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Parents' Guide to


By Tara McNamara, Common Sense Media Reviewer

age 12+

Disney villain is de Vilishly delightful, daring, and dark.

Movie PG-13 2021 134 minutes
Cruella Poster Image

A Lot or a Little?

What you will—and won't—find in this movie.

Community Reviews

age 11+

Based on 55 parent reviews

age 18+

How this can be rated as Okay for kids, is beyond me

Yes, the artistry is good. There are a few funny moments. But for kids?! The movie glorifies evil and vengeful behaviour. There is no redemption. It glamorises vengefulness, it makes getting your own back look like somehow the noble act. The message is that revenge equals reward. There is also a subliminal message that alcohol equals creativity. It makes the devil look glamorous and attractive. To any parents saying this is a suitable movie for kids, I would say, wake up! What kind of role models do you want your kids emulating?
12 people found this helpful.
age 12+

While not the worst Disney remake, it still suffers from many of the same problems.

While not the worst Disney remake, it still suffers from many of the same problems. This is mostly in the changing of villains to make them seem oppressed and innocent. These iconic and evil antagonists shouldn’t be re-written to accommodate modern morales. Disney should stop reusing their old films and instead create new role models for their audience.

This title has:

Too much violence
Too much consumerism
Too much drinking/drugs/smoking
9 people found this helpful.

Is It Any Good?

Our review:
Parents say (55 ):
Kids say (176 ):

Sinisterly superb, this is a well-crafted, phenomenally acted, artistically drenched triumph that's a whole lot more responsible than most other villain-as-main-character films. And yet it does make a hero out of a criminal. So, there's that. It's easy to see why Disney might feel that the accolades for Joker and the merchandising bonanza for Harley Quinn should belong to them: They started this trend of reexamining villains with Maleficent in 2014. But Angelina Jolie's evil fairy wasn't relatable or aspirational, whereas many young fans wanted to be vandal Harley Quinn. Just like many cinematic villains before her, Cruella is portrayed here as misunderstood, the product of trying to survive in a cold, unsympathetic world. She overcomes Oliver Twist-like adversity to find herself in a Great Expectations-like relationship with her boss, Baroness von Hellman. When the past she's worked to put behind her comes back with a (literal) vengeance, she "snaps." And she becomes awful, as in awfully glamorous and rebellious. Deliciously played by Stone, Cruella seeks her revenge with such smashing style that it's easy to think that it might encourage some kids to embrace their own mischevious side.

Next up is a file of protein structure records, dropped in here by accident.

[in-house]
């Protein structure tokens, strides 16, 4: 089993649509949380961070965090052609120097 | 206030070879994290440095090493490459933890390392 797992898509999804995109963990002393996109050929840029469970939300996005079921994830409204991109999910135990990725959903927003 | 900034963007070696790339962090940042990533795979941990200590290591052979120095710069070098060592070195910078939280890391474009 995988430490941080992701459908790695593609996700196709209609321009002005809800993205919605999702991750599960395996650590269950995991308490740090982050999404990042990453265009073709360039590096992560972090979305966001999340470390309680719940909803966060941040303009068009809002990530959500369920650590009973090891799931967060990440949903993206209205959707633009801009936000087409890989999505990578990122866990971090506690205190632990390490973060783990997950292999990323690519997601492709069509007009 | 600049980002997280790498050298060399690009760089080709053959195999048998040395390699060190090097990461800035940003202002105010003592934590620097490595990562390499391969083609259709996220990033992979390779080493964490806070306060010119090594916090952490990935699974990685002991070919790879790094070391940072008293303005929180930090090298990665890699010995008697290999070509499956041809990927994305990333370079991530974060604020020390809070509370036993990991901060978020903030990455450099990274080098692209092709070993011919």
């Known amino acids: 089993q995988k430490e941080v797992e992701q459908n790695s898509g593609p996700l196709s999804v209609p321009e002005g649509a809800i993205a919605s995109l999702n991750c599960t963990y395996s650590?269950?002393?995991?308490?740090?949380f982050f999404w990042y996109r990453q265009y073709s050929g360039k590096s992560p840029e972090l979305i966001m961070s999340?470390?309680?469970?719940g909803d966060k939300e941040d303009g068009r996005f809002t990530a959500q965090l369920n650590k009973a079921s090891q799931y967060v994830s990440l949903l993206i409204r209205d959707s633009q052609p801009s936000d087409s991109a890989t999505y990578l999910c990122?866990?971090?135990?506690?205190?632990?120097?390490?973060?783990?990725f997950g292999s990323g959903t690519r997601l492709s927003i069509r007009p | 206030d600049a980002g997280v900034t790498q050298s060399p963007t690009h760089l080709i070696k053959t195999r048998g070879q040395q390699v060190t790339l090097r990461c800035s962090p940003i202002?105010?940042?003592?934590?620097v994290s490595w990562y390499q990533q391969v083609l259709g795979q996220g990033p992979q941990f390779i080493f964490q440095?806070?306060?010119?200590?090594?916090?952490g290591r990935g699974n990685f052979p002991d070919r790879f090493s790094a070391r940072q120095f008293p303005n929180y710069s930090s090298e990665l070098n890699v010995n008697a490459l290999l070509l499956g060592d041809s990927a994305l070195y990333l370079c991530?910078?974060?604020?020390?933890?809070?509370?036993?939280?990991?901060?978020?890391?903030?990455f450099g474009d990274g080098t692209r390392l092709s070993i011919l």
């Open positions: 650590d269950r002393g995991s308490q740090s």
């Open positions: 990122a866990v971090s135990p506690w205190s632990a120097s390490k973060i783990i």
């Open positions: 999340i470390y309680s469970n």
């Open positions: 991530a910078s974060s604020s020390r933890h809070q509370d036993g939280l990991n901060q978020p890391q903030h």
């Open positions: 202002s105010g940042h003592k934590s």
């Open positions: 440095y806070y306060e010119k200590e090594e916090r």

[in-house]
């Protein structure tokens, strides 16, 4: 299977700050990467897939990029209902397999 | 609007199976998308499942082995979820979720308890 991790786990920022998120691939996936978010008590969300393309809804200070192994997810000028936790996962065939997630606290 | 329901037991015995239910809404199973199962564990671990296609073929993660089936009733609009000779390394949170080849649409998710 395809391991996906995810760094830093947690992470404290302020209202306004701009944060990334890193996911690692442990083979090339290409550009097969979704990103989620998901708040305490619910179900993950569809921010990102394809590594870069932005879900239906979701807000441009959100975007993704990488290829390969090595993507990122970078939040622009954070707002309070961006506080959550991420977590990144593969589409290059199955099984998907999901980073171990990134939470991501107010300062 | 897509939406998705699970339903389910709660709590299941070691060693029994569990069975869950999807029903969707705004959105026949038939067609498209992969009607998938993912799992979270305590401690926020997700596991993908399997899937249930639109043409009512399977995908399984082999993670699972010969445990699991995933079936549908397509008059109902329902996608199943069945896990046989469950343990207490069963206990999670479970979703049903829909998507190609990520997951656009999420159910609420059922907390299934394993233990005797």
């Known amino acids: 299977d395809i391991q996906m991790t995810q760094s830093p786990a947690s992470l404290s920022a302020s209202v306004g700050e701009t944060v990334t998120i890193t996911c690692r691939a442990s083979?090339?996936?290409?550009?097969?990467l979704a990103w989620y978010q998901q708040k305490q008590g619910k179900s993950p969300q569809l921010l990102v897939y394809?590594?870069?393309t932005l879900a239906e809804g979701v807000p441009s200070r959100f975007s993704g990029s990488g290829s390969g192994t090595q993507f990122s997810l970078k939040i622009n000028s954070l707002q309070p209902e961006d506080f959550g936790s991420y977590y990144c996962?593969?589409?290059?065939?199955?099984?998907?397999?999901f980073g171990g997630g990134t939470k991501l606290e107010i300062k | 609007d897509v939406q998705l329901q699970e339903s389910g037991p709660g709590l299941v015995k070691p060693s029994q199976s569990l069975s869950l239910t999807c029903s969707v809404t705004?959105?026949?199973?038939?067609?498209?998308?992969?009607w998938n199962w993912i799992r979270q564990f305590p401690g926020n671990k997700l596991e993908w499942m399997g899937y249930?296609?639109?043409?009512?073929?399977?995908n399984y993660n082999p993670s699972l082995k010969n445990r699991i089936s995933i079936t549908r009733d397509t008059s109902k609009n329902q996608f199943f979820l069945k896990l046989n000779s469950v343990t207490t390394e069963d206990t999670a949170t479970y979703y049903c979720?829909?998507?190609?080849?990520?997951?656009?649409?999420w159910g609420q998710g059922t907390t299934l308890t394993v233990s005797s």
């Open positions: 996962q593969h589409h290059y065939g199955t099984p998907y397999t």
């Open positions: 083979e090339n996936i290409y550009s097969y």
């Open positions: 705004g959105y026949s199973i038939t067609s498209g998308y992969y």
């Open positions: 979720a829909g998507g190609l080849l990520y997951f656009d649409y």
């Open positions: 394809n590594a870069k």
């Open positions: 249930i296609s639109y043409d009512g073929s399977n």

That likelihood is encouraged by the fact that the movie is just so great, in every way. The art direction feels lifted straight from a Vogue shoot, and the fashion is fabulous. Just as punk rock was taking over Carnaby Street in London during the '70s, Cruella stands up to wreck entrenched sensibilities of stuffy haute design through bold, glam, rock-inspired creations, delivered with defiant disruption. The movie's robust soundtrack is loaded with iconic music from the 1970s; it feels exciting every time a note starts to play. The script is divine, and the actors seem to delight in their characters. Thompson's narcissistic fashion designer is such an ingenious character creation, and Paul Walter Hauser's take on henchman Horace is both authentic to the original animated depiction and a brilliant improvement. Another welcome modernization: bringing more diversity to Cruella's world. Some moments from the 1961 animated classic are revisited (Cruella driving recklessly with Jasper and Horace in her grand Panther De Ville), while the repugnant concept of turning dogs into a coat is dealt with in a satisfying way. There's no question that it's much harder to tell a dark story about a hero turned bad and keep it appropriate for younger audiences who love the source material, but the magnificent craftsmanship shown by director Craig Gillespie proves it can be done. Darling, let the black-and-white hair trend commence!

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